Some signal transduction pathways regulate the transcription of RNA. Others regulate the translation of proteins from mRNA. An example of a protein that regulates translation in the nucleus is the MAP kinase ERK. The MAPK/ERK pathway (also known as the Ras-Raf-MEK-ERK pathway) is a chain of proteins in the cell that communicates a signal from a receptor on the surface of the cell to the nuclear DNA. ERK is activated in a phosphorylation cascade when epidermal growth factor (EGF) binds the EGF receptor (see ). Upon phosphorylation, ERK enters the nucleus and activates a protein kinase that, in turn, regulates protein translation (Figure).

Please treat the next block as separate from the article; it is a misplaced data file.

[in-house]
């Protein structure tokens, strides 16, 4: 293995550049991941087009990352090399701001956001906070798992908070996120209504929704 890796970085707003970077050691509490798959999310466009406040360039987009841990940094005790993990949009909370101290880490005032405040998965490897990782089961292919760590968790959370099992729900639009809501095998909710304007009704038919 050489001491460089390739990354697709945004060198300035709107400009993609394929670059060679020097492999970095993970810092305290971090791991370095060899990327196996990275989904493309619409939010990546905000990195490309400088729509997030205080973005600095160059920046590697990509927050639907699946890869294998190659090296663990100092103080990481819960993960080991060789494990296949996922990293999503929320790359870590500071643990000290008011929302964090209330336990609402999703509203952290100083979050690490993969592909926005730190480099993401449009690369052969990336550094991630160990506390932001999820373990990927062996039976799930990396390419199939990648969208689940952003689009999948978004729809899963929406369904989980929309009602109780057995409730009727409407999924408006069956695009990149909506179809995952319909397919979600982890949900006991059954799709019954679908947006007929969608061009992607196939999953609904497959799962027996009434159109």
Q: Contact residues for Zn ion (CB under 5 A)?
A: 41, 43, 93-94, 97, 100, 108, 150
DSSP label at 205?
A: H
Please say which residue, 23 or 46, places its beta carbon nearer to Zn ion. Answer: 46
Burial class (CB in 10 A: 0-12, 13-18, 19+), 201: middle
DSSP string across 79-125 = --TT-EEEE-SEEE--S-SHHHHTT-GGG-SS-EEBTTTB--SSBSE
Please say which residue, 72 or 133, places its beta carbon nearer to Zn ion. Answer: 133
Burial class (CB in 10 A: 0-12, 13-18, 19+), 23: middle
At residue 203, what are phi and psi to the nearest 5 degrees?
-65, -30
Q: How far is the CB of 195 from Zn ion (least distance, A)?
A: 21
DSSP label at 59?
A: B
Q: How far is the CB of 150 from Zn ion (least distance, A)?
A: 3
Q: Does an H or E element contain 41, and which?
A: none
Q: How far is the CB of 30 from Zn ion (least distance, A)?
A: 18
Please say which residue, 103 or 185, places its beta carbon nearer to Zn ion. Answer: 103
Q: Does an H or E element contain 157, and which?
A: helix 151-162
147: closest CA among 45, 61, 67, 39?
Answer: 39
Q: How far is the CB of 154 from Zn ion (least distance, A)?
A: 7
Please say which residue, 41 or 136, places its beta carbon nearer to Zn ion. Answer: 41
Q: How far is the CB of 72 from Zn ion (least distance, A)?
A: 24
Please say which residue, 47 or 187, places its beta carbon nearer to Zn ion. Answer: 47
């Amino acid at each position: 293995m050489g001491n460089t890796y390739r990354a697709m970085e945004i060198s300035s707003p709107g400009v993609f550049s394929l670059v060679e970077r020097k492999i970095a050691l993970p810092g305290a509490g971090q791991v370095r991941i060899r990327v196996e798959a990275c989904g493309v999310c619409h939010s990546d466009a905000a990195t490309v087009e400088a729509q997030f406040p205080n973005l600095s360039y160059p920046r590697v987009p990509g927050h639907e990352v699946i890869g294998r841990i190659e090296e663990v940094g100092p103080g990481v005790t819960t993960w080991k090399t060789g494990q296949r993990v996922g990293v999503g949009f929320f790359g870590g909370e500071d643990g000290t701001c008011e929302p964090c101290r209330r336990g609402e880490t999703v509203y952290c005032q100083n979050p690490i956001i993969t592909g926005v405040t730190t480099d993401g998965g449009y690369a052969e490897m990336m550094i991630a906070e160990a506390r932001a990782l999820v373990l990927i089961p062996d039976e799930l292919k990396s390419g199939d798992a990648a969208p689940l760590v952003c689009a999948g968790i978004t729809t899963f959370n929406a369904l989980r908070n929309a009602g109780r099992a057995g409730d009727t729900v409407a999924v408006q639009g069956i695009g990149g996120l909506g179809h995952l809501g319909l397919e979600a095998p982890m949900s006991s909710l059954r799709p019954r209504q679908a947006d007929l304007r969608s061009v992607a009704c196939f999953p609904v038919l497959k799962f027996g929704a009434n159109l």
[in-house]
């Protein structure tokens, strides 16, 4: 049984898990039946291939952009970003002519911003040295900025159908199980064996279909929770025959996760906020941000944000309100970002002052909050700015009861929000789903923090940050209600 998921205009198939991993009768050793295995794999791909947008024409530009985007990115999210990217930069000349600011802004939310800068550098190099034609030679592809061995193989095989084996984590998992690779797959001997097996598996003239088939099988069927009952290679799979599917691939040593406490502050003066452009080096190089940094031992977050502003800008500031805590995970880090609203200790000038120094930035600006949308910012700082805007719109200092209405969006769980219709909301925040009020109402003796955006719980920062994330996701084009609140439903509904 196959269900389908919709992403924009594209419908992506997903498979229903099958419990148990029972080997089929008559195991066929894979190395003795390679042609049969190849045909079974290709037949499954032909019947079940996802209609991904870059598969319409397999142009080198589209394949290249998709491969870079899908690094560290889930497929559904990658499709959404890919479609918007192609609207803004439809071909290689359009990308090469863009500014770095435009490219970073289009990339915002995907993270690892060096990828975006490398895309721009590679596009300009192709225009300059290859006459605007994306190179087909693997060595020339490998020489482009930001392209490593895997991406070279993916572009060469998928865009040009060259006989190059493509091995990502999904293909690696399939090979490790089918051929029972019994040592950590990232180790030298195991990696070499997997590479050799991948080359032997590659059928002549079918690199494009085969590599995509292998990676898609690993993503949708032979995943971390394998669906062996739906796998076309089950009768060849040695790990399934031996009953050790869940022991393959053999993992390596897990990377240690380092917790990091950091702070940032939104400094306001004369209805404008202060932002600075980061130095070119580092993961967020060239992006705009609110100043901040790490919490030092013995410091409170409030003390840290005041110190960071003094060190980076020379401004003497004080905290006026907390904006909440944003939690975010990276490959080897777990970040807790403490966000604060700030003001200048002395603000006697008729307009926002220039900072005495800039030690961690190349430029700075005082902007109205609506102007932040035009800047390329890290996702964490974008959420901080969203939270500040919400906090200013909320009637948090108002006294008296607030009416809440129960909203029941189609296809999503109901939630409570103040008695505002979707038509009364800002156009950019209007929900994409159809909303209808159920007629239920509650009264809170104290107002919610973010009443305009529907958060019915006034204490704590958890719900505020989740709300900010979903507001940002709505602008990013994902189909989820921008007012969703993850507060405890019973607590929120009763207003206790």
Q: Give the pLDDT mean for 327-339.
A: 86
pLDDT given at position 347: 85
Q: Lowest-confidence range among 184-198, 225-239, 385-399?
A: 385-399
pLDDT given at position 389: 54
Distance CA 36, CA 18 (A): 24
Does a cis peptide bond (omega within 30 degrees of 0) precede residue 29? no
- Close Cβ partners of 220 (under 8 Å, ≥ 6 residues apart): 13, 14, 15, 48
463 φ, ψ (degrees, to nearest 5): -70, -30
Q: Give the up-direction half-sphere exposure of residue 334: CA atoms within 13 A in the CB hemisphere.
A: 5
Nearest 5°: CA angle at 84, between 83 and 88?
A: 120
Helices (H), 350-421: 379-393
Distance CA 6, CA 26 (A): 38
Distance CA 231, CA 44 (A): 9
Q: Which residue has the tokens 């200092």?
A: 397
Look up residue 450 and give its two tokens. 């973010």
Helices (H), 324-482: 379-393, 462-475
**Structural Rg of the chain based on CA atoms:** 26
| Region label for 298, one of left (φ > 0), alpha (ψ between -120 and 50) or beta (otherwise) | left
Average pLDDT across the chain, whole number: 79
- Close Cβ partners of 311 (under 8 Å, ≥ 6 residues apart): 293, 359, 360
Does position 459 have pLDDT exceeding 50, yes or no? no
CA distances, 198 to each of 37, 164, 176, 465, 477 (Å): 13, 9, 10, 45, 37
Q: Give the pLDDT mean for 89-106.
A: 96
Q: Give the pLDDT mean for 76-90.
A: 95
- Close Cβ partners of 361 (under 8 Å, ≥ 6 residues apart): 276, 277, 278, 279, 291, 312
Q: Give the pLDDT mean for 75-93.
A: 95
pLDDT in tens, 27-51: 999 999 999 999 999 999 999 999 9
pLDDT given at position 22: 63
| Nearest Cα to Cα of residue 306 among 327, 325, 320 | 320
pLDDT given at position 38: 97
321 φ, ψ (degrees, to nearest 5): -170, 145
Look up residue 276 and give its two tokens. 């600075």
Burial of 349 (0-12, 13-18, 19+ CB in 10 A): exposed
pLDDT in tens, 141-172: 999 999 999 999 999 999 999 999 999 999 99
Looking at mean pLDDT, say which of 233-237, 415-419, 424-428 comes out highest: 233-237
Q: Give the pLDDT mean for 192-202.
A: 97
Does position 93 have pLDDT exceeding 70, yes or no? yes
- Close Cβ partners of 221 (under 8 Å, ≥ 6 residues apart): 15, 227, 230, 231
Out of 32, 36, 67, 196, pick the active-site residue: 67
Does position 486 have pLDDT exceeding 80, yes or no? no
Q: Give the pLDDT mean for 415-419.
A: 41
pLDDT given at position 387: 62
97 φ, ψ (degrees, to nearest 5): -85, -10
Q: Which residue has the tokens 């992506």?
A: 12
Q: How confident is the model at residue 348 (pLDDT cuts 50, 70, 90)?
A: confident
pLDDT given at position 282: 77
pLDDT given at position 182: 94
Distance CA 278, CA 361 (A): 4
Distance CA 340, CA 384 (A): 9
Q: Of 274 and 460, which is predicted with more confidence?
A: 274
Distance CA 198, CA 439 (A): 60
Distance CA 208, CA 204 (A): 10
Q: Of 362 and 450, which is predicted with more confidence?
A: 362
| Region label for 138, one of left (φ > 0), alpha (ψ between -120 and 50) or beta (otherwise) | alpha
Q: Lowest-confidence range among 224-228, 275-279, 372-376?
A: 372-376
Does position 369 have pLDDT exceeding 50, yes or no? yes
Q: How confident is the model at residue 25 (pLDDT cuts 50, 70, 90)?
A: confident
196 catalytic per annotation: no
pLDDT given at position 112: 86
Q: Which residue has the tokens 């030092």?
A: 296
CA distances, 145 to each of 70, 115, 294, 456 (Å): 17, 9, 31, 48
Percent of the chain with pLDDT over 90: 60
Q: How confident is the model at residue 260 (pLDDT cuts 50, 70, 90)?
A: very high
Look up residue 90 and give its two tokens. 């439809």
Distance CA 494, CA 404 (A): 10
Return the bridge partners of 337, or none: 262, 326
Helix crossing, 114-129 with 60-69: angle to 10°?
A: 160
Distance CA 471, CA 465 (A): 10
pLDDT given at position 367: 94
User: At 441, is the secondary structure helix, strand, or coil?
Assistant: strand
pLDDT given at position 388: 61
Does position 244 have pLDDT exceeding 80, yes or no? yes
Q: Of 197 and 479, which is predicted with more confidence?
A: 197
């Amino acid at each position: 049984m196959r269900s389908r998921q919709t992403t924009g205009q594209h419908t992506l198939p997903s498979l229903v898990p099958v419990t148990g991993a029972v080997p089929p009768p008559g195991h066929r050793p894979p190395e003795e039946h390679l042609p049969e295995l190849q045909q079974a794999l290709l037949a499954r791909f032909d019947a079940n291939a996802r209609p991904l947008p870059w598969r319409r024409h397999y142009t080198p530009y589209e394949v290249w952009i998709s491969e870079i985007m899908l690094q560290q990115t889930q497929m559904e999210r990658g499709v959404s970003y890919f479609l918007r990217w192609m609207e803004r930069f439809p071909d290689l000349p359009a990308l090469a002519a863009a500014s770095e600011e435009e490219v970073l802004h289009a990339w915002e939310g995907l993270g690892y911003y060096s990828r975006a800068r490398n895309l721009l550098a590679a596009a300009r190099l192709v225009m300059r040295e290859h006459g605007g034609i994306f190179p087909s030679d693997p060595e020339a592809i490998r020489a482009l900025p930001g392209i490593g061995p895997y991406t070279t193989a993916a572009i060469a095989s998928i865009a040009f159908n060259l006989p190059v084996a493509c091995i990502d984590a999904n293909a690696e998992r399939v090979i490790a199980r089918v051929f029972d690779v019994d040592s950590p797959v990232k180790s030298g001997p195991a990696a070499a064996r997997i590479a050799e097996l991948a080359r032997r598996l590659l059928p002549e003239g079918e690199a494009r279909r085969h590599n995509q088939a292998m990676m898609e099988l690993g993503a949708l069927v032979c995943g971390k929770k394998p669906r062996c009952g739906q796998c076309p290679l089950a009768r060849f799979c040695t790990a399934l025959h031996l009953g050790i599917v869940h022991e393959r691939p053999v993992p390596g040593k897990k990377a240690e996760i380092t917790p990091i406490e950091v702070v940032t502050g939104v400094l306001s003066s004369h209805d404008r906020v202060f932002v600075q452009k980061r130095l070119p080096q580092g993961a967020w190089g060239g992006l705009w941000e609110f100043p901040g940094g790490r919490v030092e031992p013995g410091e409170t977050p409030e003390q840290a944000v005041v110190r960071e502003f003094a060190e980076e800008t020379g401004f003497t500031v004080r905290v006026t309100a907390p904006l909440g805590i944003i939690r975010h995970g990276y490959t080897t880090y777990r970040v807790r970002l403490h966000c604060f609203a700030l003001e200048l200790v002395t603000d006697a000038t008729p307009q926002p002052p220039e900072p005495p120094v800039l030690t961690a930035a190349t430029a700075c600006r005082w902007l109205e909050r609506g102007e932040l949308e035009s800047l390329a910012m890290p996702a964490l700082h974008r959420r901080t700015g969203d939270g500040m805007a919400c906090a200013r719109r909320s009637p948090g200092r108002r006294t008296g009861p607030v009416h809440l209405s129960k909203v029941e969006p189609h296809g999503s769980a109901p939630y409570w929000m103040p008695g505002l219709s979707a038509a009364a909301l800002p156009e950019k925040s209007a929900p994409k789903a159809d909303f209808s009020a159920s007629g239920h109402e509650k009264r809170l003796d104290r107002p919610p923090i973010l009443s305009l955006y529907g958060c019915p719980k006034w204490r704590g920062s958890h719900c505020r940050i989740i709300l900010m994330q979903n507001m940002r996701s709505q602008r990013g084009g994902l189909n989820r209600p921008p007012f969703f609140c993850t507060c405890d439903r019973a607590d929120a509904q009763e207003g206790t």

Another mechanism of gene regulation involves PKC, which can interact with is a protein that acts as an inhibitor. An inhibitor is a molecule that binds to a protein and prevents it from functioning or reduces its function. In this case, the inhibitor is a protein called Iκ-B, which binds to the regulatory protein NF-κB. (The symbol κ represents the Greek letter kappa.) When Iκ-B is bound to NF-κB, the complex cannot enter the nucleus of the cell, but when Iκ-B is phosphorylated by PKC, it can no longer bind NF-κB, and NF-κB (a transcription factor) can enter the nucleus and initiate RNA transcription. In this case, the effect of phosphorylation is to inactivate an inhibitor and thereby activate the process of transcription.